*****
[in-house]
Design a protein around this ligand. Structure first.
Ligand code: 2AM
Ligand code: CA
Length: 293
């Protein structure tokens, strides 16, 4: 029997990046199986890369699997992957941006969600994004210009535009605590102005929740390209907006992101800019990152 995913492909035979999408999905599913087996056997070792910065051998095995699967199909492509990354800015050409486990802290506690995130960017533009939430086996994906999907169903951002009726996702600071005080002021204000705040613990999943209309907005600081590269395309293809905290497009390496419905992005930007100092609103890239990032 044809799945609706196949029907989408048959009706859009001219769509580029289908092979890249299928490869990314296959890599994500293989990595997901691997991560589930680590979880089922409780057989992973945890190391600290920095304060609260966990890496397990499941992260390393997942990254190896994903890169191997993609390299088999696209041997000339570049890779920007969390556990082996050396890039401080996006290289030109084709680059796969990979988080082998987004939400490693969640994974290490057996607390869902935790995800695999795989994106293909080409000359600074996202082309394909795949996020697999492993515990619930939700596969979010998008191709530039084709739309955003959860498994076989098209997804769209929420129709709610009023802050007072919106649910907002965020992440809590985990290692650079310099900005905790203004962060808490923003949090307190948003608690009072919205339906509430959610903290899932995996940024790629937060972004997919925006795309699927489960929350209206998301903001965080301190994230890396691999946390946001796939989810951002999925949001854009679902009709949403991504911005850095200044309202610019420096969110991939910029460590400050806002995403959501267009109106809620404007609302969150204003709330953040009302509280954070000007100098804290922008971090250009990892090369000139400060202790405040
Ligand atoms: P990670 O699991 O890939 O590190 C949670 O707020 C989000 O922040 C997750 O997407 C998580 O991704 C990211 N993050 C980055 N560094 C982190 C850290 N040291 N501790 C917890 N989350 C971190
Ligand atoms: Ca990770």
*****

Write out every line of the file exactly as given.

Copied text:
[in-house]
Design a protein around this ligand. Structure first.
Ligand code: 2AM
Ligand code: CA
Length: 293
């Protein structure tokens, strides 16, 4: 029997990046199986890369699997992957941006969600994004210009535009605590102005929740390209907006992101800019990152 995913492909035979999408999905599913087996056997070792910065051998095995699967199909492509990354800015050409486990802290506690995130960017533009939430086996994906999907169903951002009726996702600071005080002021204000705040613990999943209309907005600081590269395309293809905290497009390496419905992005930007100092609103890239990032 044809799945609706196949029907989408048959009706859009001219769509580029289908092979890249299928490869990314296959890599994500293989990595997901691997991560589930680590979880089922409780057989992973945890190391600290920095304060609260966990890496397990499941992260390393997942990254190896994903890169191997993609390299088999696209041997000339570049890779920007969390556990082996050396890039401080996006290289030109084709680059796969990979988080082998987004939400490693969640994974290490057996607390869902935790995800695999795989994106293909080409000359600074996202082309394909795949996020697999492993515990619930939700596969979010998008191709530039084709739309955003959860498994076989098209997804769209929420129709709610009023802050007072919106649910907002965020992440809590985990290692650079310099900005905790203004962060808490923003949090307190948003608690009072919205339906509430959610903290899932995996940024790629937060972004997919925006795309699927489960929350209206998301903001965080301190994230890396691999946390946001796939989810951002999925949001854009679902009709949403991504911005850095200044309202610019420096969110991939910029460590400050806002995403959501267009109106809620404007609302969150204003709330953040009302509280954070000007100098804290922008971090250009990892090369000139400060202790405040
Ligand atoms: P990670 O699991 O890939 O590190 C949670 O707020 C989000 O922040 C997750 O997407 C998580 O991704 C990211 N993050 C980055 N560094 C982190 C850290 N040291 N501790 C917890 N989350 C971190
Ligand atoms: Ca990770």